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King County sheriff slams council for 'lack of transparency' in proposed measures

The King County Council is considering two measures that would make the sheriff an appointed position or allow the sheriff’s duties to be determined by ordinance.
Credit: KING
King County Sheriff Mitzi Johanknecht speaks at a news conference addressing a series of shootings on SR 509 on January 17, 2019.

SEATTLE — King County Sheriff Mitzi Johanknecht spoke out Wednesday against a proposal that would allow the sheriff’s duties to be determined by county ordinance rather than state law saying she was concerned about a “lack of transparency.”

“We believe voters want a fully independent Sheriff, who is free to take bold action on reforms and represent all of the communities and interests of our diverse constituency,” Johanknecht said in a statement.

Proposed Ordinance 2020-0231, which would allow changes to the sheriff’s duties, is one of two dueling proposals under consideration by the King County Council. Council members also discussed Proposed Ordinance 2020-0205 during a committee meeting Tuesday, which would return the sheriff to an appointed rather than elected position. However, the former ordinance would allow the sheriff to be elected while the latter would allow the sheriff’s duties to be defined by state law.

If the council approves these measures by their July 21 council meeting, both measures will go on the November general election ballot for voter approval.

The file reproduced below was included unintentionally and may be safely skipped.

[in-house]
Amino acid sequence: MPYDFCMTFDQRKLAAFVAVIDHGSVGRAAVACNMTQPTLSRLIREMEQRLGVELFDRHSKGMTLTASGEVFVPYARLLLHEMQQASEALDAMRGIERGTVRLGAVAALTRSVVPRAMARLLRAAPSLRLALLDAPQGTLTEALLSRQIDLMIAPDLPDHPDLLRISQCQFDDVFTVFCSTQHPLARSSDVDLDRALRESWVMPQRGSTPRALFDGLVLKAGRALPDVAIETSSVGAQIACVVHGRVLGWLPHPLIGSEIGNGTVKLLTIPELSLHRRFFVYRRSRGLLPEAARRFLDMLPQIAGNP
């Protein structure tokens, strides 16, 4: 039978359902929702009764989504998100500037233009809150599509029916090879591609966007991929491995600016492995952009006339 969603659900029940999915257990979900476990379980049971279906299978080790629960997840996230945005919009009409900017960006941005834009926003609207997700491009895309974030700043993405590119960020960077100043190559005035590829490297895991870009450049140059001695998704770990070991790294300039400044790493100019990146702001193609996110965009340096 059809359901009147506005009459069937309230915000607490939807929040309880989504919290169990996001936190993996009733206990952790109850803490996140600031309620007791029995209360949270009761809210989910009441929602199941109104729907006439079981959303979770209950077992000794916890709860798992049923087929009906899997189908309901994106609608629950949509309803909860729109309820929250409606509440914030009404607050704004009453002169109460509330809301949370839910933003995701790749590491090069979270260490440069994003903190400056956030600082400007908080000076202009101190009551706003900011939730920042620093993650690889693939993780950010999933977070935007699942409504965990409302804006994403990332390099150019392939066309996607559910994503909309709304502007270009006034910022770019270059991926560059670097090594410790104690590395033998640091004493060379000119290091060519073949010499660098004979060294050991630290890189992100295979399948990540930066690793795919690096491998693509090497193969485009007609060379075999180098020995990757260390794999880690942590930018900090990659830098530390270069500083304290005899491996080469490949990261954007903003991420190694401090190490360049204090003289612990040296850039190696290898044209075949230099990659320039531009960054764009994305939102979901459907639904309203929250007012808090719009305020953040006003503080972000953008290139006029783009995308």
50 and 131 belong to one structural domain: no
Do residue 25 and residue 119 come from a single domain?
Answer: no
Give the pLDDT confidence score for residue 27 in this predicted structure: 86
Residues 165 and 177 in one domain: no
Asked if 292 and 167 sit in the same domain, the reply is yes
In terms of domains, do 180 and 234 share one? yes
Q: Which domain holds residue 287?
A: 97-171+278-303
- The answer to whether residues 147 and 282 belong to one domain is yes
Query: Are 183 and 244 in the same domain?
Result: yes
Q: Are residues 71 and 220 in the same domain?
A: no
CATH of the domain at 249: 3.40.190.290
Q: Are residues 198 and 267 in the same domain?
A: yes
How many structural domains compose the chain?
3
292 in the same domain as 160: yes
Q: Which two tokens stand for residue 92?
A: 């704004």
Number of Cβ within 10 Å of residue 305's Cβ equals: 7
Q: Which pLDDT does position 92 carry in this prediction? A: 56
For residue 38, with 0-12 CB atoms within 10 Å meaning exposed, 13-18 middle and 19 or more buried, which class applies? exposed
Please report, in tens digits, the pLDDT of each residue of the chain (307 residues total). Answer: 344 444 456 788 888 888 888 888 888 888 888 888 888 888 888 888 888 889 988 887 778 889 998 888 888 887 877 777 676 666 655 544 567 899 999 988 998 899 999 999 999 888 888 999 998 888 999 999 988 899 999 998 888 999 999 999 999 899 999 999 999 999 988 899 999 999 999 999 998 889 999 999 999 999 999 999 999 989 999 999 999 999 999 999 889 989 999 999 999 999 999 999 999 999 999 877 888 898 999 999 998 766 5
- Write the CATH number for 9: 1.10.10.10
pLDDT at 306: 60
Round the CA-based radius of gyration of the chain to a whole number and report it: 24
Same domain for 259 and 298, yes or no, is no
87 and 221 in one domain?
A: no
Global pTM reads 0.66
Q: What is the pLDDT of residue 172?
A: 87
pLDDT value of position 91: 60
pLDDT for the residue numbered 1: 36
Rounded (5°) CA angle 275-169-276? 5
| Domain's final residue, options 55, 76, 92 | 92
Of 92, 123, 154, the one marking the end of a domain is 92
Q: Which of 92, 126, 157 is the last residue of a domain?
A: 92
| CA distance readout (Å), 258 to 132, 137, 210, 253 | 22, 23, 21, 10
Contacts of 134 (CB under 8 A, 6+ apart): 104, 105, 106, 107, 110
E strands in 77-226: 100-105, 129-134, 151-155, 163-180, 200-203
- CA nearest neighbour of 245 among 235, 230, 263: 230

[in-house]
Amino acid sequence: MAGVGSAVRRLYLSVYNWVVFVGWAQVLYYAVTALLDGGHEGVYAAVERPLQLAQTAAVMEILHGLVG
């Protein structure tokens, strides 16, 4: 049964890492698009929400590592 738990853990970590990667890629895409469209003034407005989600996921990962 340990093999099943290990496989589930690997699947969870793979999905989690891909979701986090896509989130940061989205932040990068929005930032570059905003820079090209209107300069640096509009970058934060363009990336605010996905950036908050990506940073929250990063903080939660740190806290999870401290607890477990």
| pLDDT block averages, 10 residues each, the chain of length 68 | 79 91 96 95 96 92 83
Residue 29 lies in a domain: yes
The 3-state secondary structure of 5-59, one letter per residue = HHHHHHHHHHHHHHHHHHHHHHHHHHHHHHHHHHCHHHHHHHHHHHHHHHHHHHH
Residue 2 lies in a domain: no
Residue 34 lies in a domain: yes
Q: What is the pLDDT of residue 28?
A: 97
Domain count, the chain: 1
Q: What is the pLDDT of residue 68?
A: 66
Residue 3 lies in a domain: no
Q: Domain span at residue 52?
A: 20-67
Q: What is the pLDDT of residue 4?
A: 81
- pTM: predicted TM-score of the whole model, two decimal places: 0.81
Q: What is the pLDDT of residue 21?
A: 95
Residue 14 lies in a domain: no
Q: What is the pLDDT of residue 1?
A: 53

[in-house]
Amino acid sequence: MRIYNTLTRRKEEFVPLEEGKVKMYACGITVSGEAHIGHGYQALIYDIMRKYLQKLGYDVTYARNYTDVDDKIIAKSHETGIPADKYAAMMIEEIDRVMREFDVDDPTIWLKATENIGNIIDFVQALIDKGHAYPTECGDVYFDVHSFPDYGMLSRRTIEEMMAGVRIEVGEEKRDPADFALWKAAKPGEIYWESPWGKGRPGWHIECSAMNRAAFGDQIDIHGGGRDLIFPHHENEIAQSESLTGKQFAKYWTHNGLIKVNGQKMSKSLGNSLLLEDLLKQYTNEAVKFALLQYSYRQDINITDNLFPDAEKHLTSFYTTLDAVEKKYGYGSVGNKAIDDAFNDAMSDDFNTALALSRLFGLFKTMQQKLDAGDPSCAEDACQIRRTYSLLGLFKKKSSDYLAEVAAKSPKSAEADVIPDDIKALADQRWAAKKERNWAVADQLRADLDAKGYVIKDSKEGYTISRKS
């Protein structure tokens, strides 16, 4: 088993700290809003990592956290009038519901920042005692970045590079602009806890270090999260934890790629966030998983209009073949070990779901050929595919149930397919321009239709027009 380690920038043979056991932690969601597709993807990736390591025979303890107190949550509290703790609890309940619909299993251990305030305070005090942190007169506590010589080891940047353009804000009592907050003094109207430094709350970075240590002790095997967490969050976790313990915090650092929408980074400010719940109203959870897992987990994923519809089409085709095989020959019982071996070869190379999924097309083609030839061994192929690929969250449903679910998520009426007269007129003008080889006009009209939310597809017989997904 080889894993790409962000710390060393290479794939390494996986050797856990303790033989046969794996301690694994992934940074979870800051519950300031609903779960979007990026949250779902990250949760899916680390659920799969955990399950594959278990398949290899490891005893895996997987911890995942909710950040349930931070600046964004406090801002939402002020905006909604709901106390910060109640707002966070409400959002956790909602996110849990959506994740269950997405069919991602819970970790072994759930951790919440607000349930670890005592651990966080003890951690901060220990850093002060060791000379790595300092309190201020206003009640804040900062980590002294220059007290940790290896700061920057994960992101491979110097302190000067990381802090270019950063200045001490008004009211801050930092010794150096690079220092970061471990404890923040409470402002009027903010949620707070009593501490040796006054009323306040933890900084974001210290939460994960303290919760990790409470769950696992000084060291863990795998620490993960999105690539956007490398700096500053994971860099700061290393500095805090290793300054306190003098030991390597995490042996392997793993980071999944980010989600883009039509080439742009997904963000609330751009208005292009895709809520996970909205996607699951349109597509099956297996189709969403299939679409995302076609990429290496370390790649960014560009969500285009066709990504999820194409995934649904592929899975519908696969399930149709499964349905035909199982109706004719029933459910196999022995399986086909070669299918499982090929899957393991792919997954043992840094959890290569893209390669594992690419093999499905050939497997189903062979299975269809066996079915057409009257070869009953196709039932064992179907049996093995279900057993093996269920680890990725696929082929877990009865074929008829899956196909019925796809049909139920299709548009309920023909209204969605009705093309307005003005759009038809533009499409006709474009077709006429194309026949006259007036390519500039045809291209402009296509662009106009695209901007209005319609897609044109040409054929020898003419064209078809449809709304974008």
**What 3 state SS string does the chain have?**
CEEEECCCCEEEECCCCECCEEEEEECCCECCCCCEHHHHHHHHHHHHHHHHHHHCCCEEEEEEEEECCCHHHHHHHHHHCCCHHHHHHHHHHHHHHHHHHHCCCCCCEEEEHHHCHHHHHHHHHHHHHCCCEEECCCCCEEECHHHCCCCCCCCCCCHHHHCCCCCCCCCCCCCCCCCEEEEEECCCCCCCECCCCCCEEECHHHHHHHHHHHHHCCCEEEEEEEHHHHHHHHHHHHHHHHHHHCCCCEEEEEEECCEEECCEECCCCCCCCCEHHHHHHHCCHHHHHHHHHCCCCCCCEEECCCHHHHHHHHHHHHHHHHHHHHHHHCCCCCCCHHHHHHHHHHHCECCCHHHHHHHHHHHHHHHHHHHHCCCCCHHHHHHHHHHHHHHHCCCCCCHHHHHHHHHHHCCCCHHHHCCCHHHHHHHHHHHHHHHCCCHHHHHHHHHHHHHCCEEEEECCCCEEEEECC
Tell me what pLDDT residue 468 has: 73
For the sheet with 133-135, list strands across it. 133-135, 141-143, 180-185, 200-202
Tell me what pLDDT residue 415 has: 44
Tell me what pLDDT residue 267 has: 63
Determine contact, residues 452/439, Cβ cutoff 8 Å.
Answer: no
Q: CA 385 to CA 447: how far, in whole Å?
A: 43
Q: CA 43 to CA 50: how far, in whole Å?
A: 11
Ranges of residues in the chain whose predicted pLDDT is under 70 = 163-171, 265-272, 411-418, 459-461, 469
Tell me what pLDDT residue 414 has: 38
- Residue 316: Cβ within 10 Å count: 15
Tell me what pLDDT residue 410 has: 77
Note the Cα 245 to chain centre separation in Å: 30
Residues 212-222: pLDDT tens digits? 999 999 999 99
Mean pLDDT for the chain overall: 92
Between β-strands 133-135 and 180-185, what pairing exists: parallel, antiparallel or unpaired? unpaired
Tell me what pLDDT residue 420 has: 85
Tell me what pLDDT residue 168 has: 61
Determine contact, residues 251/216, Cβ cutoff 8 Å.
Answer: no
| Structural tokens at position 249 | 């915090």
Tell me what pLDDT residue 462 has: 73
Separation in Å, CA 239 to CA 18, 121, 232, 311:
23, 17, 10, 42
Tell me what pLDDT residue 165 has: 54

RELATED: Committee to discuss returning King County sheriff to appointed role

Johanknecht argued that the public hasn’t had ample time to comment on the ordinance that would allow changes to the sheriff’s duties, which was introduced July 7. The other ordinance, which would allow the position to be appointed, underwent more than a year of study by the Charter Review Commission and saw multiple public hearings, according to Johanknecht.

“The democratic process should be a transparent process, one where elected officials seek the community’s input and participation before taking action,” Johanknecht said.

The legislation to make sheriff an appointed position stemmed from recommendations made by the 2018-2019 King County Charter Review Commission's final report focusing on accountability and oversight. The commission found elections politicize a law enforcement role and appointment would allow more proportional representation and more flexibility when interim change is needed.

Between 1852 and 1969, the King County sheriff was an elected position. That changed after voters approved a Home Rule Charter in 1968, which replaced many elected officials with appointed positions. A proposed ordinance approved by voters in 1996 returned the sheriff role to an elected position – Dave Reichert was elected sheriff in 1997.